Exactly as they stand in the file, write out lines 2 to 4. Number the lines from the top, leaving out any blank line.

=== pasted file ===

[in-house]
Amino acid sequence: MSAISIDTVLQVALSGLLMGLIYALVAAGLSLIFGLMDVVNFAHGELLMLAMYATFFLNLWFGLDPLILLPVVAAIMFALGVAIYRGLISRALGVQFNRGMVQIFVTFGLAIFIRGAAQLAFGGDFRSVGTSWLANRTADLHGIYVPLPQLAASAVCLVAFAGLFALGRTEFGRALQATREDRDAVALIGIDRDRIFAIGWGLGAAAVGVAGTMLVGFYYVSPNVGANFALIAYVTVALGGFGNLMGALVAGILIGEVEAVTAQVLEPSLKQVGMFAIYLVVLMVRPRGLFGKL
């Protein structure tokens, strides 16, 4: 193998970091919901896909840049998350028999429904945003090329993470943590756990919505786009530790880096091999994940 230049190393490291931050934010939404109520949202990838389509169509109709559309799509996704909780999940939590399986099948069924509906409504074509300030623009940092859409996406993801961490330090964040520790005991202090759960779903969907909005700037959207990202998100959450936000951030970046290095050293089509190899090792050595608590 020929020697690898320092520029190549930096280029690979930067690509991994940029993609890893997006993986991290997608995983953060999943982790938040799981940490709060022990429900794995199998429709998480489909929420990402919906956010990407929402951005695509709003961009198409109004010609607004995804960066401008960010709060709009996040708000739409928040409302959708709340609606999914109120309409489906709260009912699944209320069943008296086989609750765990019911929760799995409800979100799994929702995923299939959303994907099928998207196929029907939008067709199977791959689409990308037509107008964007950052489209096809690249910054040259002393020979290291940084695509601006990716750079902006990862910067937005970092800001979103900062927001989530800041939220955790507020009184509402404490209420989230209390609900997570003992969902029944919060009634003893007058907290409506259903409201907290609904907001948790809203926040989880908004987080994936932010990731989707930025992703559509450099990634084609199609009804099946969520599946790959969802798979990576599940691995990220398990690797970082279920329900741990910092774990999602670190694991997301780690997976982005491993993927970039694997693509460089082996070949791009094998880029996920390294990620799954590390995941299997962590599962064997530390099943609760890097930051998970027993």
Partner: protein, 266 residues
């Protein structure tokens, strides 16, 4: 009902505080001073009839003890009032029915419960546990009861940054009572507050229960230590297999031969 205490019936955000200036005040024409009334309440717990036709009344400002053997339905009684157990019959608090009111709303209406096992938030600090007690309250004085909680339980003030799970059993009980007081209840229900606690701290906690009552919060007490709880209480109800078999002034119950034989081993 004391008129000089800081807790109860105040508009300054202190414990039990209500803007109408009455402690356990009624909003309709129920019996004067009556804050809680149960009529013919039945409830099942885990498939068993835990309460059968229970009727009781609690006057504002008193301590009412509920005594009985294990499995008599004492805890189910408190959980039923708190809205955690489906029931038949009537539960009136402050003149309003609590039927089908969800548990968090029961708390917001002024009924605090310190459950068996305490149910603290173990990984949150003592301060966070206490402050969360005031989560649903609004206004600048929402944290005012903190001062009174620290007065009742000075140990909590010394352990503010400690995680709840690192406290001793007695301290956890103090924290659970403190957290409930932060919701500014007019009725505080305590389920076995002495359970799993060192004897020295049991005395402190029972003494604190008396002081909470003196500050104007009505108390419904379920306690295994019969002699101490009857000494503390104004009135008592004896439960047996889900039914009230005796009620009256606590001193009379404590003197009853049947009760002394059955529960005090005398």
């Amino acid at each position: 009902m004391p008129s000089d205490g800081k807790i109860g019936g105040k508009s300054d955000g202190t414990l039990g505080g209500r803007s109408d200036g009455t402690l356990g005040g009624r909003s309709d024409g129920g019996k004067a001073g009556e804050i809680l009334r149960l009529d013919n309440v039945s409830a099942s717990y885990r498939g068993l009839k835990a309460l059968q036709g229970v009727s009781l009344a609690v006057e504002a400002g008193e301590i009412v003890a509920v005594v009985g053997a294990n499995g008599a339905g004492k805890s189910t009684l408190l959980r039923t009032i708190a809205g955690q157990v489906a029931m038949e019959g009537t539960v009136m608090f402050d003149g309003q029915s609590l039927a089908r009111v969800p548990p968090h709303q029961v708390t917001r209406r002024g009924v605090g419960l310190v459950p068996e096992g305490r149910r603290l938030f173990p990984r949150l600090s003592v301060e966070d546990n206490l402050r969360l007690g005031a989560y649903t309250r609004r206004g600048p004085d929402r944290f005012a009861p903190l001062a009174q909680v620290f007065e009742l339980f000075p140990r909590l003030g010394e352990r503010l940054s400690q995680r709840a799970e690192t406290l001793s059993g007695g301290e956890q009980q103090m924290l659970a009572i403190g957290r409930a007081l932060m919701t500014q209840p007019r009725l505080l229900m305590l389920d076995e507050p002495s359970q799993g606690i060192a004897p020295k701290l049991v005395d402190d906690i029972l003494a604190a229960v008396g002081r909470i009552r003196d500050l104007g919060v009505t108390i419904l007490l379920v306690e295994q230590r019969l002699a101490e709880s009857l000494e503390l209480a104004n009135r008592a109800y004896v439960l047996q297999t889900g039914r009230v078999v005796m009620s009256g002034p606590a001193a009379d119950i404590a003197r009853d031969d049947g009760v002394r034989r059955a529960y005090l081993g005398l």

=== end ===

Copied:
Amino acid sequence: MSAISIDTVLQVALSGLLMGLIYALVAAGLSLIFGLMDVVNFAHGELLMLAMYATFFLNLWFGLDPLILLPVVAAIMFALGVAIYRGLISRALGVQFNRGMVQIFVTFGLAIFIRGAAQLAFGGDFRSVGTSWLANRTADLHGIYVPLPQLAASAVCLVAFAGLFALGRTEFGRALQATREDRDAVALIGIDRDRIFAIGWGLGAAAVGVAGTMLVGFYYVSPNVGANFALIAYVTVALGGFGNLMGALVAGILIGEVEAVTAQVLEPSLKQVGMFAIYLVVLMVRPRGLFGKL
């Protein structure tokens, strides 16, 4: 193998970091919901896909840049998350028999429904945003090329993470943590756990919505786009530790880096091999994940 230049190393490291931050934010939404109520949202990838389509169509109709559309799509996704909780999940939590399986099948069924509906409504074509300030623009940092859409996406993801961490330090964040520790005991202090759960779903969907909005700037959207990202998100959450936000951030970046290095050293089509190899090792050595608590 020929020697690898320092520029190549930096280029690979930067690509991994940029993609890893997006993986991290997608995983953060999943982790938040799981940490709060022990429900794995199998429709998480489909929420990402919906956010990407929402951005695509709003961009198409109004010609607004995804960066401008960010709060709009996040708000739409928040409302959708709340609606999914109120309409489906709260009912699944209320069943008296086989609750765990019911929760799995409800979100799994929702995923299939959303994907099928998207196929029907939008067709199977791959689409990308037509107008964007950052489209096809690249910054040259002393020979290291940084695509601006990716750079902006990862910067937005970092800001979103900062927001989530800041939220955790507020009184509402404490209420989230209390609900997570003992969902029944919060009634003893007058907290409506259903409201907290609904907001948790809203926040989880908004987080994936932010990731989707930025992703559509450099990634084609199609009804099946969520599946790959969802798979990576599940691995990220398990690797970082279920329900741990910092774990999602670190694991997301780690997976982005491993993927970039694997693509460089082996070949791009094998880029996920390294990620799954590390995941299997962590599962064997530390099943609760890097930051998970027993």
Partner: protein, 266 residues